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AAPG GEO 2010 Middle East
Geoscience Conference & Exhibition
Innovative Geoscience Solutions – Meeting Hydrocarbon Demand in Changing Times
March 7-10, 2010 – Manama, Bahrain

A New Era in Land Seismic for the Middle East and Beyond

Timothy Keho1; Panos Kelamis1

(1) Saudi Aramco, Dhahran, Saudi Arabia.

In the recent past, the seismic technology focus has been on the marine environment, particularly deep water. However, we are about to enter a new, exciting era in land seismic for the Middle East and beyond due to four key trends: world growth in energy demand; exploration and development focus on low-relief structures, stratigraphic traps, and horizontal well placement; advances in seismic acquisition technology; and advances in seismic processing due to continually expanding computer capability.

World population growth and rapid economic development in emerging economies will lead to greater demands for energy. This will motivate more investment in exploration and in increasing recovery factors for existing fields, which will renew interest in areas where hydrocarbon potential occurs in land environments.

As large structures are drilled, focus will turn to low-relief structures and stratigraphic traps. These play types require accurate near surface velocity models for depth conversion. The use of horizontal wells for field development will continue to grow. The high quality seismic attribute maps required for placing horizontal wells will motivate solutions for data quality problems originating in the near surface.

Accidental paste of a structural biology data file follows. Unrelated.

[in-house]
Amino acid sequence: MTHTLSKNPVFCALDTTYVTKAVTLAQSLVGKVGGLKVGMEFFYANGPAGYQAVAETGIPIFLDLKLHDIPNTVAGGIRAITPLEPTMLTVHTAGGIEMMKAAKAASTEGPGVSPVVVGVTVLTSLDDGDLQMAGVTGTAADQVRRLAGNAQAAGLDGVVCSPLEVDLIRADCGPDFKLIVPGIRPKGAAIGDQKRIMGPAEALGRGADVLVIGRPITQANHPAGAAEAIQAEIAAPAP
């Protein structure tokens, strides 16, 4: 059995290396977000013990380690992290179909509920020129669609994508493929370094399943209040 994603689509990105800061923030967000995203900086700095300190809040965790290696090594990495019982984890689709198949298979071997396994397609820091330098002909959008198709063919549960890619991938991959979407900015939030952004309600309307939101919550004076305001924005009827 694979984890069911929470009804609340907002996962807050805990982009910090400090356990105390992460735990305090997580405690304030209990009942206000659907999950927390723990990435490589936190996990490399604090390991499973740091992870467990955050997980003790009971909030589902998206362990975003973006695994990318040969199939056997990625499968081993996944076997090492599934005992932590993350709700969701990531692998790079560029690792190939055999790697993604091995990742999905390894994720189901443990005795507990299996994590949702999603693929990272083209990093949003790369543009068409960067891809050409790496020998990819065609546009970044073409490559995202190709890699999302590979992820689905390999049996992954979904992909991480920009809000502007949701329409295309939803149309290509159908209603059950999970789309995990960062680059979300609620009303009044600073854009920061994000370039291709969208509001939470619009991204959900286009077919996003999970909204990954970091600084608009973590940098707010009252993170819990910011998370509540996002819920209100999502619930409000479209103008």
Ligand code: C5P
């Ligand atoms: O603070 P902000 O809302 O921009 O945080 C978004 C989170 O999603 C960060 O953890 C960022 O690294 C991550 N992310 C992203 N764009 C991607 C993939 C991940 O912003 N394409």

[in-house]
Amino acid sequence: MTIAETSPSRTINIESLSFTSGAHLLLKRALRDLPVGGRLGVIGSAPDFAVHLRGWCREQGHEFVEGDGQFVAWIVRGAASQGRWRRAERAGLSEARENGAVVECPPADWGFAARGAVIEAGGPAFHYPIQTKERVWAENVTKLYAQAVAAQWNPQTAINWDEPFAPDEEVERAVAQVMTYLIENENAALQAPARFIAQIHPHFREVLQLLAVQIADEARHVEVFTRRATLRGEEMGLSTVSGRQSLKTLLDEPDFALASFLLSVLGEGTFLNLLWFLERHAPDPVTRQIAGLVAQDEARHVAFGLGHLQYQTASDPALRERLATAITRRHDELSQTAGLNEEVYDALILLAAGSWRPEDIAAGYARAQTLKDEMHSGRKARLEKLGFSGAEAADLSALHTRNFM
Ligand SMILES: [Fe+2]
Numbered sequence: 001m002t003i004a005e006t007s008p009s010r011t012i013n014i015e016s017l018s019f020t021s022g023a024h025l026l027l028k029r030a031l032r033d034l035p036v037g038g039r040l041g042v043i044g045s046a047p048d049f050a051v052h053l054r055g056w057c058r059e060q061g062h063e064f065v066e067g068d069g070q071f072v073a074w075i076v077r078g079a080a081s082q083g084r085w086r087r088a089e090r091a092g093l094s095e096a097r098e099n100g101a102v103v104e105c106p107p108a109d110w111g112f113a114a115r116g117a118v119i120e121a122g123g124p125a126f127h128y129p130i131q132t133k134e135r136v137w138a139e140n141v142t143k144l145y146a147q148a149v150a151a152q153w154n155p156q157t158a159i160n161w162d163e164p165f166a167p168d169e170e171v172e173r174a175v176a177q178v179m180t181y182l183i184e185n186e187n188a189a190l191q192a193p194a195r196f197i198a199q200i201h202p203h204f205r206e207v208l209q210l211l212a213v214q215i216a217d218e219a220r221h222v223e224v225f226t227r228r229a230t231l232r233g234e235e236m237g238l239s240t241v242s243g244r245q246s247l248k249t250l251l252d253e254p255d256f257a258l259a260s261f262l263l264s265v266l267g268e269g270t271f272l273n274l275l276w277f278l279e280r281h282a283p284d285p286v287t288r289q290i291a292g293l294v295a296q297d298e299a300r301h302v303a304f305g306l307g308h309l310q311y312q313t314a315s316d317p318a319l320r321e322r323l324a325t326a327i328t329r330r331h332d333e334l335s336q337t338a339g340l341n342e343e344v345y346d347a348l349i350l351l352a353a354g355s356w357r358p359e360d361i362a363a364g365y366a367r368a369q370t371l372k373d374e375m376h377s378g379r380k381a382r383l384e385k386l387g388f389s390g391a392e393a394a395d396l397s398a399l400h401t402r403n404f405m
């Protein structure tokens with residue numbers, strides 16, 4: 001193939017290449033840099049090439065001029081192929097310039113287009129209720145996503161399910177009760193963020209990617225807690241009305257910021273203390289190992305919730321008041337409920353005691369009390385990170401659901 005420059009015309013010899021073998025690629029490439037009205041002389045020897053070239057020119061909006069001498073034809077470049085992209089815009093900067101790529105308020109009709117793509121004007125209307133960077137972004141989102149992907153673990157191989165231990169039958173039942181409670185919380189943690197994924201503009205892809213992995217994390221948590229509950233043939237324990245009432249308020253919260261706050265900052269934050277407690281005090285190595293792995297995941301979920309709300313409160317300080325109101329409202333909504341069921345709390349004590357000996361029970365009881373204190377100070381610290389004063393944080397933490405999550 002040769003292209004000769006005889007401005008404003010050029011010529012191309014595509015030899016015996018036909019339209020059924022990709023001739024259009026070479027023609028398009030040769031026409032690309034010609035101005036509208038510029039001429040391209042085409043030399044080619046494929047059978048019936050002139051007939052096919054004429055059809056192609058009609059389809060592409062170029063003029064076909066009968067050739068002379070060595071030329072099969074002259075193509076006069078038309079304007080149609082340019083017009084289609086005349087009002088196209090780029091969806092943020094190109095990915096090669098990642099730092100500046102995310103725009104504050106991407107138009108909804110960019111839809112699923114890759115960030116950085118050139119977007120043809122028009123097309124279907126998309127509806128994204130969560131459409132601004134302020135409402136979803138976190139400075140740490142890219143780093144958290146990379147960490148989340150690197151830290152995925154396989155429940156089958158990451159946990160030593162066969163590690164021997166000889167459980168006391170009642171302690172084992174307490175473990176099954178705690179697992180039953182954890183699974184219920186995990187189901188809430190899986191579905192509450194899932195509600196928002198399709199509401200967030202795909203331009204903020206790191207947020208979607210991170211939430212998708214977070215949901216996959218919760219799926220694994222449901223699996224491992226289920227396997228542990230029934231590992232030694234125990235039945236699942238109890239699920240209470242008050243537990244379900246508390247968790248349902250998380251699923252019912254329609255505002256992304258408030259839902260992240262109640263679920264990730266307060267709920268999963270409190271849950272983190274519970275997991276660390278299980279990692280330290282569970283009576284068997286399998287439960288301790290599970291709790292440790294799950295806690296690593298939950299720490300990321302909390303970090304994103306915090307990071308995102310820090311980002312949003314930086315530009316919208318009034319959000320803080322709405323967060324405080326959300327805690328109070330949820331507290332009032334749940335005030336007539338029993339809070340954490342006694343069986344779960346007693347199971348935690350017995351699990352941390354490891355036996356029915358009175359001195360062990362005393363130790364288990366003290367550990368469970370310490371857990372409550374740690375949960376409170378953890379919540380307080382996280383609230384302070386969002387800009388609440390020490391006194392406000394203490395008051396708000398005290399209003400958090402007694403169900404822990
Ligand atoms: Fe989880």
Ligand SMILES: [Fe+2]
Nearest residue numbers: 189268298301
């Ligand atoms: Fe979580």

This new era will require solutions to near surface challenges, such as energy penetration, scattering, source generated noise, surface generated multiples, statics, and source and receiver coupling. Solutions to these problems will become possible due to advances in simultaneous source acquisition and wireless seismic driven ultra-high channel systems. Within a few years 100,000 channels will be common. These technologies will lead us to our ultimate goal - acquisition of true 3D data with point source/receiver, full azimuth, long offset, high density geometries.

Growth in computational capability will foster advances in seismic processing technology for the huge data volumes that will be one or two orders of magnitude larger than today. Advances in computer capability will make non-travel time based methods, such as full waveform inversion, practical for aiding determination of near surface velocity models. Joint inversion with micro-gravity and other non-seismic data types will become more common. Ultra-high channel counts and point receivers will create new opportunities in multi-component acquisition and processing. And finer spatial sampling will allow the near surface to be addressed more commonly as an imaging problem.